- Jane McGonigal suggests that playing games online can help solve the world’s most urgent problems and tackle problems of the next century such as hunger, poverty and obesity.
- Why are people better in games than real life? When playing games, people are more motivated to do something that matters, collaborate and cooperate with peers and to try again after failure. In real life, when faced with failure, people are more likely to feel depressed or overwhelmed.
- McGonigal has dedicated time to developing online games that draw attention to real-world issues . A “World Without Oil” and “Evoke” are 2 examples she gives of online games that can help people collaboratively solve real-world problems and make the world we live in a better place.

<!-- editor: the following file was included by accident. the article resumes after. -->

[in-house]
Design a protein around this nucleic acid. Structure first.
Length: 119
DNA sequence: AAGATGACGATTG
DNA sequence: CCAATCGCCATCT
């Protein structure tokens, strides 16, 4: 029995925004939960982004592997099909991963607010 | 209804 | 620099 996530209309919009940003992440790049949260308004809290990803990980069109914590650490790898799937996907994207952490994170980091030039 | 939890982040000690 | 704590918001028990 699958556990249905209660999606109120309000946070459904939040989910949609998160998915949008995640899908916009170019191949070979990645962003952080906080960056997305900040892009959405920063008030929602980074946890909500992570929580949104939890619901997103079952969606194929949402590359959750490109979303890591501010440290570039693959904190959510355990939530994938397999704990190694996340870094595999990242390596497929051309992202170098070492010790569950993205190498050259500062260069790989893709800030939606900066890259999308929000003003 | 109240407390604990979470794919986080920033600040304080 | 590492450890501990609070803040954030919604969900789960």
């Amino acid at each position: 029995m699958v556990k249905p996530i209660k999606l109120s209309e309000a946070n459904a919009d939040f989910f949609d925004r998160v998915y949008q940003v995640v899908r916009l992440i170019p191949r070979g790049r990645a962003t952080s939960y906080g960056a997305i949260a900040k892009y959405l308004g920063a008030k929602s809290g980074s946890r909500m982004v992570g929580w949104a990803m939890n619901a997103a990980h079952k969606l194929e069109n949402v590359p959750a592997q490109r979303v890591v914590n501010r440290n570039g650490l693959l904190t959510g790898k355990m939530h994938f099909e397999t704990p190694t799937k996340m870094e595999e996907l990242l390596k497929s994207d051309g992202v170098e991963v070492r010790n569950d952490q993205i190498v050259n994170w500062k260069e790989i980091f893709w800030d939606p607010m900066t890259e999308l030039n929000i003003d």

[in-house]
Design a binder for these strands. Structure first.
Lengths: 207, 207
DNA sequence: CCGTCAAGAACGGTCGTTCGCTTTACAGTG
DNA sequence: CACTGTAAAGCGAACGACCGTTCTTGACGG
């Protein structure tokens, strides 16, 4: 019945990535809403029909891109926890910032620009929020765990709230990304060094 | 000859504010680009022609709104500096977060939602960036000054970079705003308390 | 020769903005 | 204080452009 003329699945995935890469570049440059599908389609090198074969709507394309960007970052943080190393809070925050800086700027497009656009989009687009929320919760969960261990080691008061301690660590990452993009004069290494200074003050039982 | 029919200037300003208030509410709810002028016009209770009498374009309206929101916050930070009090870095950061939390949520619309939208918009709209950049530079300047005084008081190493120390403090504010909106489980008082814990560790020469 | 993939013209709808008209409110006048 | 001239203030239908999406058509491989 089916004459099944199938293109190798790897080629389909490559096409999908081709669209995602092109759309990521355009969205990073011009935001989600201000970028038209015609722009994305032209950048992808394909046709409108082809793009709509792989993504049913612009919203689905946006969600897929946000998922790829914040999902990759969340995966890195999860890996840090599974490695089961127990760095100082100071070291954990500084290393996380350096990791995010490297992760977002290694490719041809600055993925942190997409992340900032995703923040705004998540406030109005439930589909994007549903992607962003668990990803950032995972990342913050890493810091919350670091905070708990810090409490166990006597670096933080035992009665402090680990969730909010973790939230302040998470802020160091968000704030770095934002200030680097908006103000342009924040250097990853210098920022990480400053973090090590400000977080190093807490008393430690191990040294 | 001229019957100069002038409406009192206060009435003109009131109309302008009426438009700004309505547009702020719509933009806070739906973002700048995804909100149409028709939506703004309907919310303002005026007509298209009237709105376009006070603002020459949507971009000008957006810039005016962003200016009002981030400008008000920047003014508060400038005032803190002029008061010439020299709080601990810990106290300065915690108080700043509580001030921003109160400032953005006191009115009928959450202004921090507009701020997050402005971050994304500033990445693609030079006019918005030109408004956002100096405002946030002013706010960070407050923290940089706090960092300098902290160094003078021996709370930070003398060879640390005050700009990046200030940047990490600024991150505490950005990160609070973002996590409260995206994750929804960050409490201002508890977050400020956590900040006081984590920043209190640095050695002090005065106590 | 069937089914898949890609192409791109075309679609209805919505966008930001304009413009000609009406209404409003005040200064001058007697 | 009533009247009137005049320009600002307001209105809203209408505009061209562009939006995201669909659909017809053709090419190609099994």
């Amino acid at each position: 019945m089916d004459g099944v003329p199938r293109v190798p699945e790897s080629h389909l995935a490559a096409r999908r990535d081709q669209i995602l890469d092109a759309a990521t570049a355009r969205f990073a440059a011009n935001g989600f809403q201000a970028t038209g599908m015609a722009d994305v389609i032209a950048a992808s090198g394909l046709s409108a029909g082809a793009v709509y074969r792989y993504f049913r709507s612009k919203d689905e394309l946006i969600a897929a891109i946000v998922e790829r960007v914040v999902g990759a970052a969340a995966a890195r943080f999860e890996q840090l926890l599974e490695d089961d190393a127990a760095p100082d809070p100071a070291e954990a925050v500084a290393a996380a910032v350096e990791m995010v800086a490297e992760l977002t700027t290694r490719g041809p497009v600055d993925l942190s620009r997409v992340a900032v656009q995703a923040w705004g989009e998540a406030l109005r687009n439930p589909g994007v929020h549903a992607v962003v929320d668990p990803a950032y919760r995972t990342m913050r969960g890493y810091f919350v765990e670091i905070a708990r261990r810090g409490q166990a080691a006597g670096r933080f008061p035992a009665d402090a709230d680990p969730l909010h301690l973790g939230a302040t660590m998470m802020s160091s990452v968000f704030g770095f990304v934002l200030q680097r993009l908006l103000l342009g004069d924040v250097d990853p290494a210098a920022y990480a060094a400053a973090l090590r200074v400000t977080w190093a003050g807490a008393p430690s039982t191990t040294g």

- View her TED Talk here as she explains how gaming can make a better world.
The Right Tool for the Job
One of Dr. Van Eck’s suggestions for us was the idea that gaming in education should be used when it is most appropriate and most effective. Do what works best for you and your learners! It is a good reminder that not every situation/lesson/subject/outcome is best met by game-based learning. We have many different effective ways of teaching and it is important to select the best option for each situation. If the same outcomes could be better met by a simpler, more efficient activity, then it may be best to reserve your game-based lessons to achieve something you can’t already do efficiently. This is especially important because planning a new learning activity involving gaming will often require more time and effort. Make sure that your extra time and effort will take teaching and learning to another level! Project-based learning and self-regulated learning tend to be good fits for infusing gaming.
Getting the Goods